A supernatural swarm. A treacherous scheme. A tinker’s apprentice may be the village’s only hope…
Jacob has yet to meet a gadget he couldn’t fix or an adventure he couldn’t resist. With trade routes to his remote Lowlands town cut off, Jacob must exchange his boyhood adventures for petty theft. After all, his wages at the tinker shop aren’t enough to pay for his father’s medicine.
But it soon becomes clear why few merchants brave the nearby roads as a plague of terrifying creatures descends upon the town. With the Lowlands under siege, Jacob and his friend have no choice but to run for their lives. When their escape uncovers a terrible secret, Jacob learns there are those who’ll stop at nothing to make sure the teen takes the scandal to his grave…
Steamborn is an inventive YA fantasy novel with a heavy dash of steampunk. If you like dystopian settings, killer insects, and resourceful characters, then you’ll love Eric Asher’s gear-turning tale.
Buy Steamborn to crank up a whimsical thrill-ride today!
Customer ReviewsSee All
A young man starts to grow up, for family and friends.
*I was given this free review copy audiobook at my request and have voluntarily left this review.
This is my first listen to Saskia. She has a lovely voice that's easy to listen to. I didn't found there was some difference in tone or sound to help differentiate the characters, but nothing major. However, the book was still rather easy to follow who was talking. Saskia does sound older for Charles and a scratchy sound for men. She did well with slight differences. I did find the story felt to be moving slow, so I did speed up to 1.25x the speed as opposed to my normal 1.00x speed. I wanted to move along with all that's to happen, I was a little anxious to get going. I was back and forth on the speed.
This is very much a young reader style story. Not just because our main character is 15 going on 16 but in the reading of the story. It's easy to follow as Jacob grows from a teen into a young man, as the city sees kids this age but also in his own thinking and doing.
The world is different. It's a feel of post apocalyptic with steam and clockworks powering things. We also see large insects. Some are friendly and like pets or horses to ride. Other bugs are strong and attack the city, where the walls have grown weak. This shows the division in people in the village/city areas. There are lowborn and highborn sections of the city, a very fantasy feel to the city.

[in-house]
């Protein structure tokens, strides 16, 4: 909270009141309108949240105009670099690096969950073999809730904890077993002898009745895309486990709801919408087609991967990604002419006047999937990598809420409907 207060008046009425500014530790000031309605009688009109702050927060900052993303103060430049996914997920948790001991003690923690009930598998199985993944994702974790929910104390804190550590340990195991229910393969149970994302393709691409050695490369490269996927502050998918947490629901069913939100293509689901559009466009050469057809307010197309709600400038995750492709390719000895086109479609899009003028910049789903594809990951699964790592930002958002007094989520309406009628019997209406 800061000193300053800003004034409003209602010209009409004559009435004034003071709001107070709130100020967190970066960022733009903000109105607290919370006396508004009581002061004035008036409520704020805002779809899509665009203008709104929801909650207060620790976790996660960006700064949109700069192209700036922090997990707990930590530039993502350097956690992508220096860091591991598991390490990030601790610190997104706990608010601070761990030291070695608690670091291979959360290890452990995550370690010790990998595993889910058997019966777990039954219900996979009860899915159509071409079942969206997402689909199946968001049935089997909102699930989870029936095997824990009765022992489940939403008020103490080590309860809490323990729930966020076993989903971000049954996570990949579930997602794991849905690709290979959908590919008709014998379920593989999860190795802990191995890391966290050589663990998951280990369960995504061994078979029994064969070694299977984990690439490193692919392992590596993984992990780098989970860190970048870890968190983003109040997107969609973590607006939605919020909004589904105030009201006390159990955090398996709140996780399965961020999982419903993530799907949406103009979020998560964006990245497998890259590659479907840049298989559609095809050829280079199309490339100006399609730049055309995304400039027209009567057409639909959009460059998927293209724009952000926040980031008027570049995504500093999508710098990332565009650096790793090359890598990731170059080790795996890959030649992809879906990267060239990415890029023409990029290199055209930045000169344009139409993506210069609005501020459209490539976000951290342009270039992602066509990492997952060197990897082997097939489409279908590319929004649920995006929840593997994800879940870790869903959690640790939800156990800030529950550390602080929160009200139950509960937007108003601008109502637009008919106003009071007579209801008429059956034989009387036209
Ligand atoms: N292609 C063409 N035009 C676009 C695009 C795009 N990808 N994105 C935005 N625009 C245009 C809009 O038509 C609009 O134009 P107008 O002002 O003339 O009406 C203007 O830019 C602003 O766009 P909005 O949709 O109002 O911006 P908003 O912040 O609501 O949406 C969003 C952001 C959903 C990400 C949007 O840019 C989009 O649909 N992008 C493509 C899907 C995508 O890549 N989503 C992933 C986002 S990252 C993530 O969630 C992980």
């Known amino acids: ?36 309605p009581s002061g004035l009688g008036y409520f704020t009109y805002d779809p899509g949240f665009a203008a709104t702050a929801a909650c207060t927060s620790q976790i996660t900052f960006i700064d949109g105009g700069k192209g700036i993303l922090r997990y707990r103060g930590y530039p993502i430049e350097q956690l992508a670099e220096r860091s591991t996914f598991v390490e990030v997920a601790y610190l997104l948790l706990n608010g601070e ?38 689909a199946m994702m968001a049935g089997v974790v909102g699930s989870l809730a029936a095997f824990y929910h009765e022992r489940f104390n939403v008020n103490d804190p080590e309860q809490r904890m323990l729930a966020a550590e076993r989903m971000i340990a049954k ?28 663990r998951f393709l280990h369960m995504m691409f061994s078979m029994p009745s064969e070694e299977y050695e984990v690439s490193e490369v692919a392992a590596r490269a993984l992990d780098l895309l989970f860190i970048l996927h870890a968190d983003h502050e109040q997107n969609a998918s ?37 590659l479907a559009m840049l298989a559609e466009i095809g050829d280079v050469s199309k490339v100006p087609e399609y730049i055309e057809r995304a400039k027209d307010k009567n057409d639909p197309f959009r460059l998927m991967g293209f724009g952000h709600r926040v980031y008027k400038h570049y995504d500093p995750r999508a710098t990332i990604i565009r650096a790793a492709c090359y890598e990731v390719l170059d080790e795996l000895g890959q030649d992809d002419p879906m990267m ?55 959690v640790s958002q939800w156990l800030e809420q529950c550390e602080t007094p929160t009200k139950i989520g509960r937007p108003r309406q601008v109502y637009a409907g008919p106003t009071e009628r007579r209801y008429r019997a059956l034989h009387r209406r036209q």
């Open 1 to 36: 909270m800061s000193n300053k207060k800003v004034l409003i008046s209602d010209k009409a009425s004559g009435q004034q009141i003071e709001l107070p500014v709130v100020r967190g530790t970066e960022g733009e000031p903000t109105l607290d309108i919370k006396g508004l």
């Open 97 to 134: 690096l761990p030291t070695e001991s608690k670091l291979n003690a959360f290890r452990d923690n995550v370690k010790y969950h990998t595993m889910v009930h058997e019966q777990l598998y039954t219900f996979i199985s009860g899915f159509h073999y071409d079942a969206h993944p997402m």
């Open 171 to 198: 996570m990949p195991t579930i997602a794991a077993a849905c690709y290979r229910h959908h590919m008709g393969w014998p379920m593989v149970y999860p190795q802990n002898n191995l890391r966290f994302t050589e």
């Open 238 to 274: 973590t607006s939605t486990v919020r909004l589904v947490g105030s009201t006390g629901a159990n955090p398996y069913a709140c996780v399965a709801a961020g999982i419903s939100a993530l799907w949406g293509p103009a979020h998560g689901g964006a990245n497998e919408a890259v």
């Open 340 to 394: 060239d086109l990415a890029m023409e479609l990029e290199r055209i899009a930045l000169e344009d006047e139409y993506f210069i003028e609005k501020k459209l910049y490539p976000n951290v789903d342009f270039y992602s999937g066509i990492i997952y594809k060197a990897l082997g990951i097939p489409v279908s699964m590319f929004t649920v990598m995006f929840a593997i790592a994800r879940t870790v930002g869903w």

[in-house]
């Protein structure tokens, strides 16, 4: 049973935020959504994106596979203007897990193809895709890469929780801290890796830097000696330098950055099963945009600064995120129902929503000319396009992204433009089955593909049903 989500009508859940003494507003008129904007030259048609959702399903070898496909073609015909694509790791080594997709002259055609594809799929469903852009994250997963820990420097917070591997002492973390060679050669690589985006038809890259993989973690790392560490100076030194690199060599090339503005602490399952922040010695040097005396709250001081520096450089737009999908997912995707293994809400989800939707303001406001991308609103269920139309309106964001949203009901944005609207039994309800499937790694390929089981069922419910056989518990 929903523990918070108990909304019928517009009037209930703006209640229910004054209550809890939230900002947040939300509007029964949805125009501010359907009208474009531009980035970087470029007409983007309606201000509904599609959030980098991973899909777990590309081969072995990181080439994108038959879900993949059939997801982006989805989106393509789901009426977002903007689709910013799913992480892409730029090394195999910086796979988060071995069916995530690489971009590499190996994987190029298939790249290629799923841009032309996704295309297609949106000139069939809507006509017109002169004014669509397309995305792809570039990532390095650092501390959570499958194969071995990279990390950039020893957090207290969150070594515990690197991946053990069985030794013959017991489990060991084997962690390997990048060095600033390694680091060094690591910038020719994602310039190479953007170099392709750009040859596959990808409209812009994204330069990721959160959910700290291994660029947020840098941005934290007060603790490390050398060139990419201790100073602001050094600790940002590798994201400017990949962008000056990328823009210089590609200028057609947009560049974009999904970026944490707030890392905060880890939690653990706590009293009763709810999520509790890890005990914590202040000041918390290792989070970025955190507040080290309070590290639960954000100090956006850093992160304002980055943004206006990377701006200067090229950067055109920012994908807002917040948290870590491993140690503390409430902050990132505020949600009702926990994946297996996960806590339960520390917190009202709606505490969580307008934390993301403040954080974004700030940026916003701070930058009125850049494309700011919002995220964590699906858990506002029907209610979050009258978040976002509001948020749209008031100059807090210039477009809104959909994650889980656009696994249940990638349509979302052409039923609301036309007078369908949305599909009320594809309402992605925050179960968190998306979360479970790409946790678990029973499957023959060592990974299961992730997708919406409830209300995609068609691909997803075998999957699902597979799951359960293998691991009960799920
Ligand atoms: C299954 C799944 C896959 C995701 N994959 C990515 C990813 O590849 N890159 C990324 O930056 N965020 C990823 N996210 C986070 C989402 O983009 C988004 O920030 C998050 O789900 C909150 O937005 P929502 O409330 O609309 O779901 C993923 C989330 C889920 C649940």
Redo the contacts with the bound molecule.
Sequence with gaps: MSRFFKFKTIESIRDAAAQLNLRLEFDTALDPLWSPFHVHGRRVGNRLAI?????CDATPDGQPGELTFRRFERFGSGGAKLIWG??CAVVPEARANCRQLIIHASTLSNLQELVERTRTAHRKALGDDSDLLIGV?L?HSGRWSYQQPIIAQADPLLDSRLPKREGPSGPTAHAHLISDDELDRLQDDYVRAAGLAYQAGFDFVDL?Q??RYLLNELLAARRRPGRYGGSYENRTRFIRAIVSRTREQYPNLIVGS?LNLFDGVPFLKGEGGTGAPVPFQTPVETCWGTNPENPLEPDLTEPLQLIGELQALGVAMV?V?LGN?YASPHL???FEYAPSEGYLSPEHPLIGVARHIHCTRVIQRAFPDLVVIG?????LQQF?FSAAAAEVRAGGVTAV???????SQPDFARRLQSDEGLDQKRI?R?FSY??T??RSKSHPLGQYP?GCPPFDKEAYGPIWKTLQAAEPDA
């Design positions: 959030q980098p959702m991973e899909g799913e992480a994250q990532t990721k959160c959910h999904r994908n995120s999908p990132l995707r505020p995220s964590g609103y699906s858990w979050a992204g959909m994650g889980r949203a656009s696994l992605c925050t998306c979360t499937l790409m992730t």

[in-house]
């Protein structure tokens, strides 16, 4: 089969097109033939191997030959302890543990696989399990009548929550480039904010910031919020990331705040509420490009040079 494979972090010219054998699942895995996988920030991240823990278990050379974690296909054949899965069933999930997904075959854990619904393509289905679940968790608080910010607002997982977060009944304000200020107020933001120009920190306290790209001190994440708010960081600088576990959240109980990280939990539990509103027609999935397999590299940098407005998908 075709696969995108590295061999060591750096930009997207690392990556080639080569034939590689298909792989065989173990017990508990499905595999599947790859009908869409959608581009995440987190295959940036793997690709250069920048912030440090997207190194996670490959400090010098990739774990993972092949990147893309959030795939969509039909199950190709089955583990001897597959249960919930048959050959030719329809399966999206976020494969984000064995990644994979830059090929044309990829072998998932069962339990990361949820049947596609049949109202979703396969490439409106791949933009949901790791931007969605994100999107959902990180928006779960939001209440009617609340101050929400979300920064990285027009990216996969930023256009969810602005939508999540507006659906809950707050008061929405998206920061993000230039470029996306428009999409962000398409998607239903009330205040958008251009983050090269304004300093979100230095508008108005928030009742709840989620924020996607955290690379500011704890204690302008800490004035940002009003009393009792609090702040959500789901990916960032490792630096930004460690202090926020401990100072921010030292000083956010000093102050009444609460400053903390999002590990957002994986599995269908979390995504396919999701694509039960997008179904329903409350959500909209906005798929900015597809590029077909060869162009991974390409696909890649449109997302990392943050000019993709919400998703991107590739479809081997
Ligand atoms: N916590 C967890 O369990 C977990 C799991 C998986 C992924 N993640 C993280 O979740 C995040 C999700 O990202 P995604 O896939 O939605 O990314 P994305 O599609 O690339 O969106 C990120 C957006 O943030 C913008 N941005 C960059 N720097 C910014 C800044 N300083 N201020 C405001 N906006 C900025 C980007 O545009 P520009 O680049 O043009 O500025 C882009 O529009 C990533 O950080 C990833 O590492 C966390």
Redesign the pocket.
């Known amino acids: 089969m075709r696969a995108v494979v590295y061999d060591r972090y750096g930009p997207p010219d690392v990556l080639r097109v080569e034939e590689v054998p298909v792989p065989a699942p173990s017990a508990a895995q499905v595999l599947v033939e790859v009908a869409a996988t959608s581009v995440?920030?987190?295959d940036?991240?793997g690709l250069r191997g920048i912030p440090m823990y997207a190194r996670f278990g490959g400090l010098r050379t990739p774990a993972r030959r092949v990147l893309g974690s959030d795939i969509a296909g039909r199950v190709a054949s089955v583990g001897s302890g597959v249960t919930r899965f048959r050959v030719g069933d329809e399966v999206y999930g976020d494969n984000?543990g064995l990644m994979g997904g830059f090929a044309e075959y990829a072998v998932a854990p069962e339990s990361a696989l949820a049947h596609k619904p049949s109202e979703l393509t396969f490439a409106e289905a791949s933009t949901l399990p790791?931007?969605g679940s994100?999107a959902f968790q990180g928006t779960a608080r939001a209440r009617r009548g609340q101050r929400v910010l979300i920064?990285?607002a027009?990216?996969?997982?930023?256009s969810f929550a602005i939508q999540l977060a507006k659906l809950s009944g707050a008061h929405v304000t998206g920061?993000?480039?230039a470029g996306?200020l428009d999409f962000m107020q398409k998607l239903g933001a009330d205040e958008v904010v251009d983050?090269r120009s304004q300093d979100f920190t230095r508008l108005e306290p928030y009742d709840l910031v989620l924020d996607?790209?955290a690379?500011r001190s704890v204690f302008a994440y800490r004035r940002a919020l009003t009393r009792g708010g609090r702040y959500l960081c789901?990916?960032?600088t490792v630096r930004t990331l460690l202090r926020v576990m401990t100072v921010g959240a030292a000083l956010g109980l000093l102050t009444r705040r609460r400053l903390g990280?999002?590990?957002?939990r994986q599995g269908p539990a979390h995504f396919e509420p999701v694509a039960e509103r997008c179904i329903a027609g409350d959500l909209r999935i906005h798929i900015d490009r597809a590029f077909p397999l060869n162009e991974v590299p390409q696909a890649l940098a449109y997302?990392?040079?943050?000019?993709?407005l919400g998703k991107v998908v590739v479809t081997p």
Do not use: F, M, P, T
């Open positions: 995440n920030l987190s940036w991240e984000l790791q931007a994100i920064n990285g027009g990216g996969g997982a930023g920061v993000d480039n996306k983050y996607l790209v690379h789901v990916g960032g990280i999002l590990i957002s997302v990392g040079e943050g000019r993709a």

The people in this book are kind to each other, with a few slurs or feelings for the lowborn shown. But all are suffering when the village is attacked by the huge insects and they have to work together. This is something our world needs to see more of. The kind hearts of adults and children willing to eagerly help each other, not expecting payment in return. This warmed my heart to hear! That's not to say there aren't people that look down on others, but there is a focus on kindness.
The story is told from Jacob's POV. We see the city and people as he sees them. There is some bad out there, but the author has chosen to focus on the good. Thank you. There is to much bad out there that many see, so to have a story highlighting the good in people is a pleasure to read. And, even though the world is rough with the giant bugs attacking, it seems like a world I'd like to visit.
The only downfall in the story for me was I didn't feel Jacob, our main character, had a drive or want for something. Not even a major conflict in his character and world. He's a boy living to get by. Sure, he's poor and life is hard, but it doesn't feel as he has a real want, something to drive to get or fight against. He does come across events that give him points to work toward - his father being sick which is a desire for his father to get well, the bugs attacking his part of town and wanting his family and friends safe, then what he learns in the catacombs. But nothing overall for him other than curiosity of a brilliant kid getting him into trouble.
The world is attention attracting. And at the end of this book, I'm curious to where the story goes with what we are learning. I'll be carrying on with the books to see where our characters end up.